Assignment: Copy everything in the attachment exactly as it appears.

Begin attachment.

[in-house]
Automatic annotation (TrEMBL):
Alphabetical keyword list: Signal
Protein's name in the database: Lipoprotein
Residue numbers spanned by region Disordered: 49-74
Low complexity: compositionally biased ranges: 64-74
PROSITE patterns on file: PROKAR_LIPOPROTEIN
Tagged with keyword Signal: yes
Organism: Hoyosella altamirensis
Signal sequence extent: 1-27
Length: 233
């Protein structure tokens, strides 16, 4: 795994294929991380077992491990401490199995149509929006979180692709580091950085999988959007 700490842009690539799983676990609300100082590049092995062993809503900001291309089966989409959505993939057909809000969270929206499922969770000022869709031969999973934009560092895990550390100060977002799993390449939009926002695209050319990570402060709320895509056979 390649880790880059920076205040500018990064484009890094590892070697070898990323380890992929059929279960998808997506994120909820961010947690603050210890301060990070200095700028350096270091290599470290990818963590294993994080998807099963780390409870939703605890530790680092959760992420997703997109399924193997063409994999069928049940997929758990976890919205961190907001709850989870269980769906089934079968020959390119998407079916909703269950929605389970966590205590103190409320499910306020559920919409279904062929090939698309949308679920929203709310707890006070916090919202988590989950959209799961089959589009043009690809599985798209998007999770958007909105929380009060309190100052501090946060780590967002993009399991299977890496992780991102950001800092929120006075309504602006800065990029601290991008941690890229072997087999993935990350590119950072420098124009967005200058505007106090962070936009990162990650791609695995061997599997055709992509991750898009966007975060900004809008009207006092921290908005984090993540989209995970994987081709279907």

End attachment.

[in-house]
Automatic annotation (TrEMBL):
Alphabetical keyword list: Signal
Protein's name in the database: Lipoprotein
Residue numbers spanned by region Disordered: 49-74
Low complexity: compositionally biased ranges: 64-74
PROSITE patterns on file: PROKAR_LIPOPROTEIN
Tagged with keyword Signal: yes
Organism: Hoyosella altamirensis
Signal sequence extent: 1-27
Length: 233
């Protein structure tokens, strides 16, 4: 795994294929991380077992491990401490199995149509929006979180692709580091950085999988959007 700490842009690539799983676990609300100082590049092995062993809503900001291309089966989409959505993939057909809000969270929206499922969770000022869709031969999973934009560092895990550390100060977002799993390449939009926002695209050319990570402060709320895509056979 390649880790880059920076205040500018990064484009890094590892070697070898990323380890992929059929279960998808997506994120909820961010947690603050210890301060990070200095700028350096270091290599470290990818963590294993994080998807099963780390409870939703605890530790680092959760992420997703997109399924193997063409994999069928049940997929758990976890919205961190907001709850989870269980769906089934079968020959390119998407079916909703269950929605389970966590205590103190409320499910306020559920919409279904062929090939698309949308679920929203709310707890006070916090919202988590989950959209799961089959589009043009690809599985798209998007999770958007909105929380009060309190100052501090946060780590967002993009399991299977890496992780991102950001800092929120006075309504602006800065990029601290991008941690890229072997087999993935990350590119950072420098124009967005200058505007106090962070936009990162990650791609695995061997599997055709992509991750898009966007975060900004809008009207006092921290908005984090993540989209995970994987081709279907």